Paronomasiacs, Oxt, and Other Honkerbonkers

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January 15, 2015 by libroshombre

James Boswell, famed as the autobiographer and companion of Samuel “Dictionary” Johnson in the 1700s, was a thorough-goiFeatured imageng scamp. However, he and I are as one when it comes to puns. He said, “For my part I think of no innocent species of wit or pleasantry should be suppressed, and that a good pun may be admitted among the smaller excellencies of lively conversation.” A “paronomasiac” is a chronic punster, and like anything else, overreliance on punning can quickly become aggravating to everyone else. But applied cleverly and judiciously, a decent pun can be delightful.

Perhaps consequently, I get an above average number of puns sent my way. “Punography,” a list of several dozen examples is a recent arrival, includes some unprintable gems, but among the rest were, “They told me I had type A blood, but it was a type O,” and “I’m reading a book about anti-gravity – can’t put it down.” The Chinese rulers aren’t laughing. They passed laws forbidding puns last November, saying puns are “the misuse of idioms” and cause “cultural and linguistic chaos.”

As pointed out, “Chinese is perfectly suited to puns because it has so many homophFeatured imageones. Popular sayings and even customs, as well as jokes, rely on wordplay.” For example, “When couples marry, people will give them dates and peanuts – a reference to the wish ‘Zaosheng guizi’ or ‘May you soon give birth to a son.’ The word for dates is also ‘zao’ and peanuts are ‘huasheng.’” Censors are usually spitting into the wind when they attempt such restrictions. The natural human reaction is to do the forbidden, and they will. The Chinese already use the characters for “River Crab” which sounds like “harmony” when pronounced to covertly refer to censorship.

Meanwhile, in English we’re adding weird words willy-nilly. Ben Zimmer, author of the Wall Street Journal’s “Word on the Street” column reported this month that a bevy of new words are vying for inclusion in our daily vocabularies. “Oxt,” for instance, isFeatured image being promoted by a pair of “interactive designers” to connote “the one after the upcoming one.” So instead of “the Tuesday after this coming Tuesday,” we can say “oxt Tuesday.” Several are based on the ever-present “text,” such as “textruption (when a conversation is interrupted by texting), and “textative” (someone who texts a lot). Two new coinages I like are “curiositarian” for “a curious person,” and “honkerbonkers” to replace the worn-out “awesome.”

The U.S. is a glass house, when it comes to forbidding other languages. American politicians rear the ugly “English only” banner every so often, including recently, but it reached its apex in Iowa, when William G. Harding was governor. This was during World War I, and German spFeatured imageies and terrorists were thought to be everywhere. German was the second most popular language in the U.S., but public speaking of it was considered suspicious behavior, and even German measles were re-named “liberty measles.” Harding’s edict included forbidding religious use of German, even in the home, saying “There’s no use in anyone praying in other languages than English. God is only listening to the English tongue.” In the Midwest alone over 18,000 people were charged for violating the English-only statutes.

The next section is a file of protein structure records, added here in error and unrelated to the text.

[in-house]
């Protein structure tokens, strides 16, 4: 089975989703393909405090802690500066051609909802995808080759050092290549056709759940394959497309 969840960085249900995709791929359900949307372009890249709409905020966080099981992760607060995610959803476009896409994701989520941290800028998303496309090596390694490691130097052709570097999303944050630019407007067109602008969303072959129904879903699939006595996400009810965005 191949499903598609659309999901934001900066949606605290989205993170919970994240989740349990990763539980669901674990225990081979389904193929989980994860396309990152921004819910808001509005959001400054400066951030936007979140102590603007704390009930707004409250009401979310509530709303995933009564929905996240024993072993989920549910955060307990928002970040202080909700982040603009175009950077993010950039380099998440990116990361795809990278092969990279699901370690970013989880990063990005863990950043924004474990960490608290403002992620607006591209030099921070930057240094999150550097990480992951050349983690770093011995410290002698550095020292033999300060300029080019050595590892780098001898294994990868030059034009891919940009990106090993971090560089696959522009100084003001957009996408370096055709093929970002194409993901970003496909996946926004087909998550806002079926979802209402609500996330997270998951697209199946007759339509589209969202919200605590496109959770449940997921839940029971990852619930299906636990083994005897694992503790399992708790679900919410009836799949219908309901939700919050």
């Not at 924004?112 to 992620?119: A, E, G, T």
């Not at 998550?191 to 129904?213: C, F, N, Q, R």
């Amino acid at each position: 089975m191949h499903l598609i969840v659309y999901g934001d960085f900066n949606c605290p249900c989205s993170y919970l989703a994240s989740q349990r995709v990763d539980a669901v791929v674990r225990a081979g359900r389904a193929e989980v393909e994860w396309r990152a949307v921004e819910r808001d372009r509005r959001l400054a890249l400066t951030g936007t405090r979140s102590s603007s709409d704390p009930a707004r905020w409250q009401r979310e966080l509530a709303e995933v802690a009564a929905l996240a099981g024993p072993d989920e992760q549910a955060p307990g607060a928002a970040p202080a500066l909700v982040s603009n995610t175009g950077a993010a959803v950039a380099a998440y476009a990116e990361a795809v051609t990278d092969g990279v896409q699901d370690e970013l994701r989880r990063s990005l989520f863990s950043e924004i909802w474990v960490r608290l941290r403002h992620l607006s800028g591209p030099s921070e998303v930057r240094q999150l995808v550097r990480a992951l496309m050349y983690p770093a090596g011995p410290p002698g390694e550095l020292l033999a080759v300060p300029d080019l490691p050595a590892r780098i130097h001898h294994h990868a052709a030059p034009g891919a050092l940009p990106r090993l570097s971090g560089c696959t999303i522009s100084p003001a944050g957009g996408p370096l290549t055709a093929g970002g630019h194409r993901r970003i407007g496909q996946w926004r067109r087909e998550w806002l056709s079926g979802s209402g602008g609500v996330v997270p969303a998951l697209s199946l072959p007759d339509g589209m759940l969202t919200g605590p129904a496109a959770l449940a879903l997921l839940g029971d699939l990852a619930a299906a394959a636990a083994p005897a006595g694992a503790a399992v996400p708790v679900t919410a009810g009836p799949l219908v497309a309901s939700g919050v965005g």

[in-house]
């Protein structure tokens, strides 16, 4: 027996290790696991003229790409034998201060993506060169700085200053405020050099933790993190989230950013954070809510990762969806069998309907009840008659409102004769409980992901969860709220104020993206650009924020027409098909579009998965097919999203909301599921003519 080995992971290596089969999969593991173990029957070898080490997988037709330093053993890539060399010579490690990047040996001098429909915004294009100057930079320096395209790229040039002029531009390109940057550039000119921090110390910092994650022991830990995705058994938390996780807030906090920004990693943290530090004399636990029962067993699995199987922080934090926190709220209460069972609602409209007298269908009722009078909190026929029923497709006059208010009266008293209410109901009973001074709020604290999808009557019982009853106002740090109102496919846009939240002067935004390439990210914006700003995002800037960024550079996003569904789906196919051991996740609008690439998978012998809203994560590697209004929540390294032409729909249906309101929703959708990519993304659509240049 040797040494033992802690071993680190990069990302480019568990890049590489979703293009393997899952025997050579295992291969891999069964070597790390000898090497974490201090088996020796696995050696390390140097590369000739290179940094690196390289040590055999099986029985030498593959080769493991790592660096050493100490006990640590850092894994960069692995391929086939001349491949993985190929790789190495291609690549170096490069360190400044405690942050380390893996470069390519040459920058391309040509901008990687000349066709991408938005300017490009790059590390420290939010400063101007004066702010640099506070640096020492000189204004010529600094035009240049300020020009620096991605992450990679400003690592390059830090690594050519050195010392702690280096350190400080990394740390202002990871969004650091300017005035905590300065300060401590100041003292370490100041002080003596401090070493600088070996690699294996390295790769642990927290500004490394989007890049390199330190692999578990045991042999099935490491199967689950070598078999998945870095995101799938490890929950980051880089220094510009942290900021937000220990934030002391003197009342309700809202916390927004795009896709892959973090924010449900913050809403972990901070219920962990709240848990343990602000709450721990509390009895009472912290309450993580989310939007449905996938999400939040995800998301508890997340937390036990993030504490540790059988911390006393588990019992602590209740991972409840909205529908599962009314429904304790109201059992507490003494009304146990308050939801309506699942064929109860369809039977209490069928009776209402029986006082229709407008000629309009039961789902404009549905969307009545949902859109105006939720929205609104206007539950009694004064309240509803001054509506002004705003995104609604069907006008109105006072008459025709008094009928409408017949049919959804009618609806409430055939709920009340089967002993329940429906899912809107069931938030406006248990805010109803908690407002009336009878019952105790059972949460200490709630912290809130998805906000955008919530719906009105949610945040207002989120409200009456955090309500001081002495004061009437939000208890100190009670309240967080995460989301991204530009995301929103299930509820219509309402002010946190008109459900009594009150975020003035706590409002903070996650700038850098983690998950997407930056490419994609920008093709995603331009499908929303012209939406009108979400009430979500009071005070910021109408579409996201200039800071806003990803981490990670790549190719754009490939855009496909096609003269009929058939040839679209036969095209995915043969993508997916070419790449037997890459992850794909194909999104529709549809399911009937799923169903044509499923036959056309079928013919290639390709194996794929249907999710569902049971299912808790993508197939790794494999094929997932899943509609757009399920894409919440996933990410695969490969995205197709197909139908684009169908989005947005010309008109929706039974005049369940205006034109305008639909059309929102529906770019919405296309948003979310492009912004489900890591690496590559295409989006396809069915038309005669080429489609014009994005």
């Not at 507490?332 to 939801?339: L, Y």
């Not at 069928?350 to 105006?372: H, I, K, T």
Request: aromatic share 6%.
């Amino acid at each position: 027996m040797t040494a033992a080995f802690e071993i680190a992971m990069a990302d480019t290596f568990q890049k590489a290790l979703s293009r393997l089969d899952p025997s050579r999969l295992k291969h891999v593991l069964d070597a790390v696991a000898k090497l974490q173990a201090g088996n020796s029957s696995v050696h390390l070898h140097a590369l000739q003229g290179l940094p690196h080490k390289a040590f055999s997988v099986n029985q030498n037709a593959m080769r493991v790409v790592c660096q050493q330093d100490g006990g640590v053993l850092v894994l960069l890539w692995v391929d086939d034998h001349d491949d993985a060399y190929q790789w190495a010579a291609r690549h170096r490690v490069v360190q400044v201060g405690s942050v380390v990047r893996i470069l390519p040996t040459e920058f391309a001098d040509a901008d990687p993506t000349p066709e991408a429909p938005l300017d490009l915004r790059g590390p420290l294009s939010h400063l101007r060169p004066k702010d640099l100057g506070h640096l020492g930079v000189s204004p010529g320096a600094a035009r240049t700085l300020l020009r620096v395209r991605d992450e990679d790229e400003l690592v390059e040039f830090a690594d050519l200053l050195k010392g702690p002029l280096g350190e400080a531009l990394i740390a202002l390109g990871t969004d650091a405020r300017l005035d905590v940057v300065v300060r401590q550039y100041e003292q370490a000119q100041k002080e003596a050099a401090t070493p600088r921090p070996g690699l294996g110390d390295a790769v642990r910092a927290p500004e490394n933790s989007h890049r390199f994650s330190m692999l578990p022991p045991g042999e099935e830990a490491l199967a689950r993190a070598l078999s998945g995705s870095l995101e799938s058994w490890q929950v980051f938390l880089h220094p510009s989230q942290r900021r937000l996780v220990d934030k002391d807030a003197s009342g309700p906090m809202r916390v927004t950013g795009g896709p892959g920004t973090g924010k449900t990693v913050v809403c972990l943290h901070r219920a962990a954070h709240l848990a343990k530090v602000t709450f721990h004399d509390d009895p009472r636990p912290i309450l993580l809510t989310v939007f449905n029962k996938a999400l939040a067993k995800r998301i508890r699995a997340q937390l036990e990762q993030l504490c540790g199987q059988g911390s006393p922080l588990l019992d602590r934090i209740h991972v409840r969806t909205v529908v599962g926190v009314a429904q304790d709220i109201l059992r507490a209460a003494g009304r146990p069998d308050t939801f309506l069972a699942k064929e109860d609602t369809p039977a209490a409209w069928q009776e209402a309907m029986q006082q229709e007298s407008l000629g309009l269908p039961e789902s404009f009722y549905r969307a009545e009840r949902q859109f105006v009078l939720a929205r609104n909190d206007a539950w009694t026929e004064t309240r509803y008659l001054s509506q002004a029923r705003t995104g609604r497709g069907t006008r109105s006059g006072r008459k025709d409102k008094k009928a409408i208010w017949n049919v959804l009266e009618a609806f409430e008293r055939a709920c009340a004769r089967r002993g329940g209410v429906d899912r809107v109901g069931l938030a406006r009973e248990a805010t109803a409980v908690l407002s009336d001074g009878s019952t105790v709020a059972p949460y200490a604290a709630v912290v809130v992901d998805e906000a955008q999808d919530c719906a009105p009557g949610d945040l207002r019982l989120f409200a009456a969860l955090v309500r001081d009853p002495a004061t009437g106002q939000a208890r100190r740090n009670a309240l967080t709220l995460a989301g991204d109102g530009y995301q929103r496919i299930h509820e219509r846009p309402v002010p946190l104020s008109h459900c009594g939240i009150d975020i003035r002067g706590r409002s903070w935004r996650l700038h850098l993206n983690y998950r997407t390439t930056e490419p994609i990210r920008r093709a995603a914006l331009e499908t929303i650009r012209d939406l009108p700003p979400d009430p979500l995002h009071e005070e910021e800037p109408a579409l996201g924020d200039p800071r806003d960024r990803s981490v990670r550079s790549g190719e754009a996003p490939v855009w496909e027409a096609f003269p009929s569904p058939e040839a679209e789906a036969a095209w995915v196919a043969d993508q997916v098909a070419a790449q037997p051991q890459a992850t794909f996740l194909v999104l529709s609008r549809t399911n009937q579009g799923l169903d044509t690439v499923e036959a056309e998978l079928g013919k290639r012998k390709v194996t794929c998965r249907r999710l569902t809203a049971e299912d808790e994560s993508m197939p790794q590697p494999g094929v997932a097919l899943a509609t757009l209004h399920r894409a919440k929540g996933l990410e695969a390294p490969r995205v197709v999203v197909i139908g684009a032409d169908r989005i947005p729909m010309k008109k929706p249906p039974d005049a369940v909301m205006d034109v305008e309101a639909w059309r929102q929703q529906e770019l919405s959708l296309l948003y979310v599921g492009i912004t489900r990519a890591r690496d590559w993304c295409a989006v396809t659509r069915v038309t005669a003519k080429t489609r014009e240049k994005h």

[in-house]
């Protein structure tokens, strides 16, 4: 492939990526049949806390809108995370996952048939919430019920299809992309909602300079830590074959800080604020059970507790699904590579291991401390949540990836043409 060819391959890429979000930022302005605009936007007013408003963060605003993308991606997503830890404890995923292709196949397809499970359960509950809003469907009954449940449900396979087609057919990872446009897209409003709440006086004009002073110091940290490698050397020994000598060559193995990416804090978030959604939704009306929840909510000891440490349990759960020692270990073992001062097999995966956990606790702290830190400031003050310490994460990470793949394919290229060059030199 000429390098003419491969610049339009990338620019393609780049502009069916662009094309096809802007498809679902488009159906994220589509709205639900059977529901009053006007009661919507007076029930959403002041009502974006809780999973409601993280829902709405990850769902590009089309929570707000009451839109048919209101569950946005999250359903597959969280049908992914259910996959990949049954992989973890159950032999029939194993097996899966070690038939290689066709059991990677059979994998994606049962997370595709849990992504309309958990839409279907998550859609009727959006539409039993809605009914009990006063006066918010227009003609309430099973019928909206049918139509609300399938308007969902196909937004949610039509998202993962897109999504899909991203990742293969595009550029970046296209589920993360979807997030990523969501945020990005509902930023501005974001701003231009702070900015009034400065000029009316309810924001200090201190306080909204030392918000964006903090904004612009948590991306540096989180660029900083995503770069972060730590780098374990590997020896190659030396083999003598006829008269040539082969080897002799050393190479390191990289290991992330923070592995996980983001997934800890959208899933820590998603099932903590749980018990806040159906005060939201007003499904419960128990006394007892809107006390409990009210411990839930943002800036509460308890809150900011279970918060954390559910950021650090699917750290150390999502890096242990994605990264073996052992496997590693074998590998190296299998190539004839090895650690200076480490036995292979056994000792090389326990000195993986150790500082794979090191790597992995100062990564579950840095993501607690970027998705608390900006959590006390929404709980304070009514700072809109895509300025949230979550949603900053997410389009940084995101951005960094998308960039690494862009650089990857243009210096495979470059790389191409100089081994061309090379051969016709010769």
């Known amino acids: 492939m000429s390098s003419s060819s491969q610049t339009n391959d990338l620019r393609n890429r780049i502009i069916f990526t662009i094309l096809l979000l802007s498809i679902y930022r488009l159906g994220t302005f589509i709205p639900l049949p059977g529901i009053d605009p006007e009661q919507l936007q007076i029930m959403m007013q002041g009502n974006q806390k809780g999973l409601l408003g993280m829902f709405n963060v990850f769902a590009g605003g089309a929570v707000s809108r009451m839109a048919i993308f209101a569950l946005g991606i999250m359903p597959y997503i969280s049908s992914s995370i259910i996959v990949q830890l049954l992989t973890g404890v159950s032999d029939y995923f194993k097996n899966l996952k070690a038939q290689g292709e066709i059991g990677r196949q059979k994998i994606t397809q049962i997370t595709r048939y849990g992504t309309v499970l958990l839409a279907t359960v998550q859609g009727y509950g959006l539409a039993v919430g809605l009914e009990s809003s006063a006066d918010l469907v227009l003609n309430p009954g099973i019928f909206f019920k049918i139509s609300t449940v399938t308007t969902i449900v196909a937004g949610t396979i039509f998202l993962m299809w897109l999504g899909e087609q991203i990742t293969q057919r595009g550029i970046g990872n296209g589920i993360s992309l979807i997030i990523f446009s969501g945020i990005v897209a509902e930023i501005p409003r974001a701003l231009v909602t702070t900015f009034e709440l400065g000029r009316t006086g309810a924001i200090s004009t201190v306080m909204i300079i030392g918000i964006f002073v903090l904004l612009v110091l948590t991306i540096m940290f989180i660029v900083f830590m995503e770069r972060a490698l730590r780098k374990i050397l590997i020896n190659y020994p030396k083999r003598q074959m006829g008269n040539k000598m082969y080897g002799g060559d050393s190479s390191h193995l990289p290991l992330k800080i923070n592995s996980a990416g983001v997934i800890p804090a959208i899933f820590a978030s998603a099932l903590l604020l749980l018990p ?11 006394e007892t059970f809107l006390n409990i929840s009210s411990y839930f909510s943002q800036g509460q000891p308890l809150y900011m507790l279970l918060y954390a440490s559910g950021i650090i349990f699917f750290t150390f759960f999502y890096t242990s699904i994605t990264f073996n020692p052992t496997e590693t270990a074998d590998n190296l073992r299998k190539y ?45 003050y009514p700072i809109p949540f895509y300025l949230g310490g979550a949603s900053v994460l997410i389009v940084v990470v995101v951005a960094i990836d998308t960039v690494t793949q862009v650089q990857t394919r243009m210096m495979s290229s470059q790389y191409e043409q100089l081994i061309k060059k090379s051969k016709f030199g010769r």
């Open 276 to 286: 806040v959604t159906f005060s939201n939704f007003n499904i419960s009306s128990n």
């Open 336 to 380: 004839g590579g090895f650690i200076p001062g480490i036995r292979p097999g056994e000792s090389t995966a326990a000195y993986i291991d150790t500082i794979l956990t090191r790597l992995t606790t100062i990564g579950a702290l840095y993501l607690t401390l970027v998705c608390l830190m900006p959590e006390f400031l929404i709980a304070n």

A call to the public library reference desk revealed that fifty-seven languages are spoken by students attending local public schools. Programs like the Literacy CouncilFeatured image of Alaska’s excellent English as a Second Language, or ESL, classes are marvelous for helping those who want to better assimilate our culture. However, there are many English-speakers who want to move in the other direction, and they can utilize the public library’s Mango database from home. It’s fun, easy to use, even tracks your progress, and Mango offers Chinese (both Mandarin and Cantonese) , German, Pirate, and sixty-one other languages.

Become capable ofFeatured image asking your Chinese friends, “What’s Irish and stays out all night? Patio furniture.” Then again, Oliver Wendell Holmes, Sr., father of the famed Supreme Court Justice, held that “A pun does not commonly justify a blow in return. But if a blow were given for such cause, and death ensued, the jury would be judges both of the facts and of the pun, and might, if the latter were of an aggravated character, return a verdict of justifiable homicide.”

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